2011 Year-End Real Estate Retrospective
January 15, 2012
Pennsylvania real estate continues to limp along well into the fourth year in a row. An overall stalled economy coupled with impossible bank lending criteria have resulted in the worst housing market since 1945. East coast markets are getting stronger, while most interior communities are struggling to get homes sold.
Historically low natural gas prices of around $3.50 per thousand cubic feet, combined with low demand and increasing supply from new producing wells, have resulted in a both a low demand for new gas leases and low lease bonus amounts paid to landowners. Many gas and oil leaseholds acquired in the hey-day of 2007 and 2008 are now terming out, with nothing to show for their high cost. Expect most natural gas lease bonus payments in the coming months to be well below the $3,500 per acre industry standard of just a few years ago. The bottom line is that there's a low incentive for gas companies to lease right now. And those who are leasing, are doing so at terms inferior to what were easily offered just a couple years ago.
The good news is that wet gas areas are increasingly being tapped, with dipper wells becoming a common sight alongside gas wells in southcentral and western Pennsylvania, as hydrocarbon fluids find their way to market. These fluids are the saving grace for most well projects.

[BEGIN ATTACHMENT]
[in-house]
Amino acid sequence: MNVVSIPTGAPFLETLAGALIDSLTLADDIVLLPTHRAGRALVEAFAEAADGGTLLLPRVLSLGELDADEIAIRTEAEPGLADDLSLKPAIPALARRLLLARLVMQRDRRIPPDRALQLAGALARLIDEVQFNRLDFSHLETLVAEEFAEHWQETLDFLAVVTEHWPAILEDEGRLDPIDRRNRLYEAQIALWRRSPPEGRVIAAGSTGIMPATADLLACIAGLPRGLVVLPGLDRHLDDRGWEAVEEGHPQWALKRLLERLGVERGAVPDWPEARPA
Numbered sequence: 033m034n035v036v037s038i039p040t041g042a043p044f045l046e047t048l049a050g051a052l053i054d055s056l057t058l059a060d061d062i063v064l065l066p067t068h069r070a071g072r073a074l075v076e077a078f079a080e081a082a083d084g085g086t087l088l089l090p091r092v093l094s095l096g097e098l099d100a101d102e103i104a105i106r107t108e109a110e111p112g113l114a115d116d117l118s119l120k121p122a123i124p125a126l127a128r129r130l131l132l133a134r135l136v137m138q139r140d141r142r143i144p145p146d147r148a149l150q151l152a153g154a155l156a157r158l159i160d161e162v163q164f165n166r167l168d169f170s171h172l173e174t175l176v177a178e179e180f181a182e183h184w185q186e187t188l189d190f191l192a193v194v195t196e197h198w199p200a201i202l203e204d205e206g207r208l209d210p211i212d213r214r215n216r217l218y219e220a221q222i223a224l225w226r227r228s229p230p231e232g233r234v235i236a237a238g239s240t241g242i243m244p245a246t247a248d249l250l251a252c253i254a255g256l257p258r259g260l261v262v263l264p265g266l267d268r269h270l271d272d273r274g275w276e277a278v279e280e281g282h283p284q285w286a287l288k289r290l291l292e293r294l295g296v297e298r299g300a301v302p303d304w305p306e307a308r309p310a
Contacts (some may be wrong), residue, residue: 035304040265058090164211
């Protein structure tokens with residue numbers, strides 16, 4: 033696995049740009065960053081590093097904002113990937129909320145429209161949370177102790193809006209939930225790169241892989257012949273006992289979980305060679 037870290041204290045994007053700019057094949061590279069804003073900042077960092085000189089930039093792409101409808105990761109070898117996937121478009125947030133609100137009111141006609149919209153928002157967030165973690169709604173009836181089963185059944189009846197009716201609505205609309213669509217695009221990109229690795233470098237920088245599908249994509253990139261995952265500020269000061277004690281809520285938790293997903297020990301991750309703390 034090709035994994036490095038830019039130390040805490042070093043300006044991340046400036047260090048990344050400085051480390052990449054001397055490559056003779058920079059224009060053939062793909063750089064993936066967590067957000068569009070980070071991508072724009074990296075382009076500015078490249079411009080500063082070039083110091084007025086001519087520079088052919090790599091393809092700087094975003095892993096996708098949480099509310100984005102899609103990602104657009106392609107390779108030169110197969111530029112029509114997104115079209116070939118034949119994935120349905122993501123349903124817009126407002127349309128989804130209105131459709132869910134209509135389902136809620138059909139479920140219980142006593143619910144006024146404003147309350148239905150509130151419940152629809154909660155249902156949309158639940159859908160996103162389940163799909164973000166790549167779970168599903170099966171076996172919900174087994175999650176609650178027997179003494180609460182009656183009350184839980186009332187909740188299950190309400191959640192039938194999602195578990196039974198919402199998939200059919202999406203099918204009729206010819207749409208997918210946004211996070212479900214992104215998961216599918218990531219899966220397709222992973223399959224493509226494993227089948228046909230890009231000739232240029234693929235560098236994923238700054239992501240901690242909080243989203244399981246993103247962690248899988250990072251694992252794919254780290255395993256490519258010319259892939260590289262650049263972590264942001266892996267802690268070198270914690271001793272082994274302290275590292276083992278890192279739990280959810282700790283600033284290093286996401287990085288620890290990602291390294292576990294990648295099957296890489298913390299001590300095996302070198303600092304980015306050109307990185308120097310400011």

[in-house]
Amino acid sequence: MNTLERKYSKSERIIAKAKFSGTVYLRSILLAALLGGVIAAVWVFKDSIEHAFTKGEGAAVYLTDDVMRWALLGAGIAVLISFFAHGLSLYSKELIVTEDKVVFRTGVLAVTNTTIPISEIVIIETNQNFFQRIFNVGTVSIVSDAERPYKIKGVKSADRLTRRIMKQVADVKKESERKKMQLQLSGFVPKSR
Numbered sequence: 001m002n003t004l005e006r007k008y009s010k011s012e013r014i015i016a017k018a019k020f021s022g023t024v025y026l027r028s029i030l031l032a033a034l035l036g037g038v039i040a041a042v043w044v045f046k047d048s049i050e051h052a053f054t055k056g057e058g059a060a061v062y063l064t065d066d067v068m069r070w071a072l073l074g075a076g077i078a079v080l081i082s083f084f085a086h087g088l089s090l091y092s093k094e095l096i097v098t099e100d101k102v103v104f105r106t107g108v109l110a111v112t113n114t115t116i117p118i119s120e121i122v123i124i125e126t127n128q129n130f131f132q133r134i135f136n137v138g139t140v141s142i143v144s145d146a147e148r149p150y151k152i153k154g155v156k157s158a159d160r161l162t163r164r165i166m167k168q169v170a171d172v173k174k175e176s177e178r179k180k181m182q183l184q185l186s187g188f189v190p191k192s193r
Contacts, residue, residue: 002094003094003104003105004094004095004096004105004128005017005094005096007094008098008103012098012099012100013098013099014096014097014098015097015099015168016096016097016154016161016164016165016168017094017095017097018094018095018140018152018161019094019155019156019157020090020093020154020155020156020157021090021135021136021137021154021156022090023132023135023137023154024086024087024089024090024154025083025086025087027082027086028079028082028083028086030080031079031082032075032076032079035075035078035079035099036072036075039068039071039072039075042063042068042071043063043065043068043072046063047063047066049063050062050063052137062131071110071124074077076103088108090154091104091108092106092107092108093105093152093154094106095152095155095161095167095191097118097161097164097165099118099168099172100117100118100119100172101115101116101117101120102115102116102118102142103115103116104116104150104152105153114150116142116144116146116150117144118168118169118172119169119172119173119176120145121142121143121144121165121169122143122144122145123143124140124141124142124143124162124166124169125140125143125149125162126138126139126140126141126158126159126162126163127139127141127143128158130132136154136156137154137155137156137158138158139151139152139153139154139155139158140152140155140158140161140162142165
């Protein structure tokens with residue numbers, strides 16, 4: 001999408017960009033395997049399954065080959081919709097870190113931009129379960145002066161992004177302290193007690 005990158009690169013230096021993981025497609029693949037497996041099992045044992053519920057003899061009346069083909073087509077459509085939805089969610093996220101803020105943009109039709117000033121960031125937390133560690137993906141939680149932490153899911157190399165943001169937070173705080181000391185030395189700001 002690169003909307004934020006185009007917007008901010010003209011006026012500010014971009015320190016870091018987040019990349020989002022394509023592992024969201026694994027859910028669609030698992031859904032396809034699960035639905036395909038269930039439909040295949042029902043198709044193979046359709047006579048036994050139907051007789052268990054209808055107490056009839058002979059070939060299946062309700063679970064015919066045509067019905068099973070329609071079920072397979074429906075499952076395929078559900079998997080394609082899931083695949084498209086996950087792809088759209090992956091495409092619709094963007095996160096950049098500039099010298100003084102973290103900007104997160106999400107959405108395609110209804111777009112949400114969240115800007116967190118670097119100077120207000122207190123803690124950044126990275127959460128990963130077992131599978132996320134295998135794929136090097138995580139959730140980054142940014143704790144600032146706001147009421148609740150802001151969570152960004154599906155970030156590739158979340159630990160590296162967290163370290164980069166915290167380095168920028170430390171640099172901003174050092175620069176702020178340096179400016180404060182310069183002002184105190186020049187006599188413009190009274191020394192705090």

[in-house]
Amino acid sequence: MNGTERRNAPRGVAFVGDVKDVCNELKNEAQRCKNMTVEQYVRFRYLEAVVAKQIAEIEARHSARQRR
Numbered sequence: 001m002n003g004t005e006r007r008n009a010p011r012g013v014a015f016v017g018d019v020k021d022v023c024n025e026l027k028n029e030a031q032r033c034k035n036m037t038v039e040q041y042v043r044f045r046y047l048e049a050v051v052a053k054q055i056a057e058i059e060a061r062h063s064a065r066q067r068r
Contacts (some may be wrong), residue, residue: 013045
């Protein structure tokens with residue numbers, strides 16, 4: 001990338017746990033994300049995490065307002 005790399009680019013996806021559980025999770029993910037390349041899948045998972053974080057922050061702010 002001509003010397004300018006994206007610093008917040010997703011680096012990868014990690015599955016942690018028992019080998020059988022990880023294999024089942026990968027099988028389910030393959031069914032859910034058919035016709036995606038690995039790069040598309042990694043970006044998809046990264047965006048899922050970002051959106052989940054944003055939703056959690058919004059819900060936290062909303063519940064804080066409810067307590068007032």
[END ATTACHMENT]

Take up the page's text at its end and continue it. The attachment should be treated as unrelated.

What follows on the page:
For investors, patient money continues to be the byword. In this tough economy, there are many opportunities to acquire land with oil and gas rights, as well as the OGM rights alone. No, these investments just are not going to bear fruit right away, but they will, big-time. Just keep thinking "Texas 1912," and when the economy picks back up, and your natural gas investments begin to really pay off, you'll be wearing a ten gallon cowboy hat and hollering yee-ha. Pennsylvania is about to become the modern day Texas.
Timber prices are all over the map. Mature timber continues to command a premium, and even pulp has gone up in many markets, as landowners withhold material while waiting for the market to strengthen. That lower supply results in higher demand and higher prices paid.
Mining is extremely slow, with building and road construction at all but a stand-still. Again, investments in properties with mining potential will pay off, when the economy rebounds. The trick is to acquire or lease those properties now, while they are available.